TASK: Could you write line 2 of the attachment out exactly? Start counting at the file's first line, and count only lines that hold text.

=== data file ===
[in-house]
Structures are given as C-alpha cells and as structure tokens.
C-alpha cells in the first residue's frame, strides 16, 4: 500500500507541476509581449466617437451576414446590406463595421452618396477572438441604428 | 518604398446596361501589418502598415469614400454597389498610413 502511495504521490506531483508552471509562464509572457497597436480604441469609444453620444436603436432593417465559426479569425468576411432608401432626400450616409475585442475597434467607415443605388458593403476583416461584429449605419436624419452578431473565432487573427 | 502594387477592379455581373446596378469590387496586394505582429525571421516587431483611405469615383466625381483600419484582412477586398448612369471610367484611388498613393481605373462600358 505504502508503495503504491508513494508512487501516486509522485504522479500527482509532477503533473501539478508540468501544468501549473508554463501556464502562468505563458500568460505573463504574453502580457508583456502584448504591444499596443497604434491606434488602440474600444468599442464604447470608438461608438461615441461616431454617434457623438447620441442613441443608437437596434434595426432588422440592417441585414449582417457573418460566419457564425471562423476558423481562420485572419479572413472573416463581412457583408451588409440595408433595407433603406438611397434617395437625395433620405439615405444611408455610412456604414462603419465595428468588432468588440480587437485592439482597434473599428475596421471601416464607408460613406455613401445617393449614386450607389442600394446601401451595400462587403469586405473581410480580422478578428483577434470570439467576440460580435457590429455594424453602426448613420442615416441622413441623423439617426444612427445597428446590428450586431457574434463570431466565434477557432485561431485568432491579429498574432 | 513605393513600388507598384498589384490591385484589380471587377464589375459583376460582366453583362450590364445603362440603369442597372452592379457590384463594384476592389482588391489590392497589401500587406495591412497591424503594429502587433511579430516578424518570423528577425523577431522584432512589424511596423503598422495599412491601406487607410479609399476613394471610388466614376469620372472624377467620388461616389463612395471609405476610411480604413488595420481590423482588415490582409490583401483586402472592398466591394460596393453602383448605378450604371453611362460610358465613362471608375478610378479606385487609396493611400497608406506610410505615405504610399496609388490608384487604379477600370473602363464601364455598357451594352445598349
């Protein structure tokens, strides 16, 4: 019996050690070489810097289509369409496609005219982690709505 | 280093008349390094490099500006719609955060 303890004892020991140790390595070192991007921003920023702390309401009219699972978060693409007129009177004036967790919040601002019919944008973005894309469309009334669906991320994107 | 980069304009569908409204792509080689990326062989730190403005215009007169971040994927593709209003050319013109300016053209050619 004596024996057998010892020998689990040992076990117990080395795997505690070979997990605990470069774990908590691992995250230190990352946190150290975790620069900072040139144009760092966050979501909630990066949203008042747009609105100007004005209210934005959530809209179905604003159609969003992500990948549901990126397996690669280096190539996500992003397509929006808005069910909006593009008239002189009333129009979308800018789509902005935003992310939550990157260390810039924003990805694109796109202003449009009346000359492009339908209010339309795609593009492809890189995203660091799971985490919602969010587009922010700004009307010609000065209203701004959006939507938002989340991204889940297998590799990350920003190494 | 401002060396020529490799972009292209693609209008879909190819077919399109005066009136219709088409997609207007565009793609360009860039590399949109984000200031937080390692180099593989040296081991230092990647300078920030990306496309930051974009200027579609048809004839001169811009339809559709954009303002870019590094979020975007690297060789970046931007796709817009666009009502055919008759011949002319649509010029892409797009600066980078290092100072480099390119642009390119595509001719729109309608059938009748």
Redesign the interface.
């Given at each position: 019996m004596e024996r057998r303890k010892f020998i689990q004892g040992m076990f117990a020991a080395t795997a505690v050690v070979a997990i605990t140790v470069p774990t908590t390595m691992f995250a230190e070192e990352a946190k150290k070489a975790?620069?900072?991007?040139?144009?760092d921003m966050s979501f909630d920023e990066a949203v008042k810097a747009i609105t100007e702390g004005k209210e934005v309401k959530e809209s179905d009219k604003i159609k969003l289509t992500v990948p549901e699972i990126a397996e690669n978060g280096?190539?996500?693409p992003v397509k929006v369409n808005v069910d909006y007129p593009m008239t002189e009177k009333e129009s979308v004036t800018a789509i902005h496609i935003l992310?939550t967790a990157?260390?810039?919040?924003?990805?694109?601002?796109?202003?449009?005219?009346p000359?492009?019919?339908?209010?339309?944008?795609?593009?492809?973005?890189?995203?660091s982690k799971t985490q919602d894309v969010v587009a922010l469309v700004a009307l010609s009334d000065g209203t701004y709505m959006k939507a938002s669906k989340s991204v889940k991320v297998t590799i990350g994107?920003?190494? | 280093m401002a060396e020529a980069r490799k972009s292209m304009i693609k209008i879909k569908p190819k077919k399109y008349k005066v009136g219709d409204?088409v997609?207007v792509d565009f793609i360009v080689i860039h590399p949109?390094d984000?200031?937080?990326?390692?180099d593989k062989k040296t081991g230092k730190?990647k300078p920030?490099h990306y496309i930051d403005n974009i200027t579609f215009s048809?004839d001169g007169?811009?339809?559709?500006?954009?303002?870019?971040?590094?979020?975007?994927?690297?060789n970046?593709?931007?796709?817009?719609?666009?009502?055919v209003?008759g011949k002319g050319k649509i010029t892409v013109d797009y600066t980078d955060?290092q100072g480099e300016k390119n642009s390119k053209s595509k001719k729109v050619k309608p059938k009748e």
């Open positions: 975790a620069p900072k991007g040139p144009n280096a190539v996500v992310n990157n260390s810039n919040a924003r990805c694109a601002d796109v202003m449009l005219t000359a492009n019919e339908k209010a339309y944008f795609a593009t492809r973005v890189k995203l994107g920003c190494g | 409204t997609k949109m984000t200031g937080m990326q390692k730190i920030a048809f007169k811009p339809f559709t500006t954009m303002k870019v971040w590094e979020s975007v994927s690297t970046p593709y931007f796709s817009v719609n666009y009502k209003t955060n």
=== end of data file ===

Structures are given as C-alpha cells and as structure tokens.